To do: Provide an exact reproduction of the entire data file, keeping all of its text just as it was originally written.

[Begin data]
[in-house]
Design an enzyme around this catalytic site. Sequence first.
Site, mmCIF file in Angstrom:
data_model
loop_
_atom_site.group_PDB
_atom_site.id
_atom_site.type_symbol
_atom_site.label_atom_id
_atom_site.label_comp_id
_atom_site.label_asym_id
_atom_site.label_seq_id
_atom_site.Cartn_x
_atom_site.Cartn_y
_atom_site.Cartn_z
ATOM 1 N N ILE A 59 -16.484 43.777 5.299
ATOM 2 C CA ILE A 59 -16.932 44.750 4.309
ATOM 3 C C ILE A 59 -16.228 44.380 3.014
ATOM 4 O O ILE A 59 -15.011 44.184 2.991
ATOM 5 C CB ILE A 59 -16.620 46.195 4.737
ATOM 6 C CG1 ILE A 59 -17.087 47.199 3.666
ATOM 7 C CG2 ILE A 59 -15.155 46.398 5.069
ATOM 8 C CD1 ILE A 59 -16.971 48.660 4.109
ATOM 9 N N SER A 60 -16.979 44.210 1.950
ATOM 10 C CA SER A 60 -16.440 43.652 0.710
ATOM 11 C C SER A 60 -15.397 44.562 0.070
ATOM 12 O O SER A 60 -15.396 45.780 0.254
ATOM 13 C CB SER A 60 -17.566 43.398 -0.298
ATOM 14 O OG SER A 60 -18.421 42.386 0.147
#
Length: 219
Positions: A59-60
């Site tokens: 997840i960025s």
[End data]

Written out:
[in-house]
Design an enzyme around this catalytic site. Sequence first.
Site, mmCIF file in Angstrom:
data_model
loop_
_atom_site.group_PDB
_atom_site.id
_atom_site.type_symbol
_atom_site.label_atom_id
_atom_site.label_comp_id
_atom_site.label_asym_id
_atom_site.label_seq_id
_atom_site.Cartn_x
_atom_site.Cartn_y
_atom_site.Cartn_z
ATOM 1 N N ILE A 59 -16.484 43.777 5.299
ATOM 2 C CA ILE A 59 -16.932 44.750 4.309
ATOM 3 C C ILE A 59 -16.228 44.380 3.014
ATOM 4 O O ILE A 59 -15.011 44.184 2.991
ATOM 5 C CB ILE A 59 -16.620 46.195 4.737
ATOM 6 C CG1 ILE A 59 -17.087 47.199 3.666
ATOM 7 C CG2 ILE A 59 -15.155 46.398 5.069
ATOM 8 C CD1 ILE A 59 -16.971 48.660 4.109
ATOM 9 N N SER A 60 -16.979 44.210 1.950
ATOM 10 C CA SER A 60 -16.440 43.652 0.710
ATOM 11 C C SER A 60 -15.397 44.562 0.070
ATOM 12 O O SER A 60 -15.396 45.780 0.254
ATOM 13 C CB SER A 60 -17.566 43.398 -0.298
ATOM 14 O OG SER A 60 -18.421 42.386 0.147
#
Length: 219
Positions: A59-60
């Site tokens: 997840i960025s």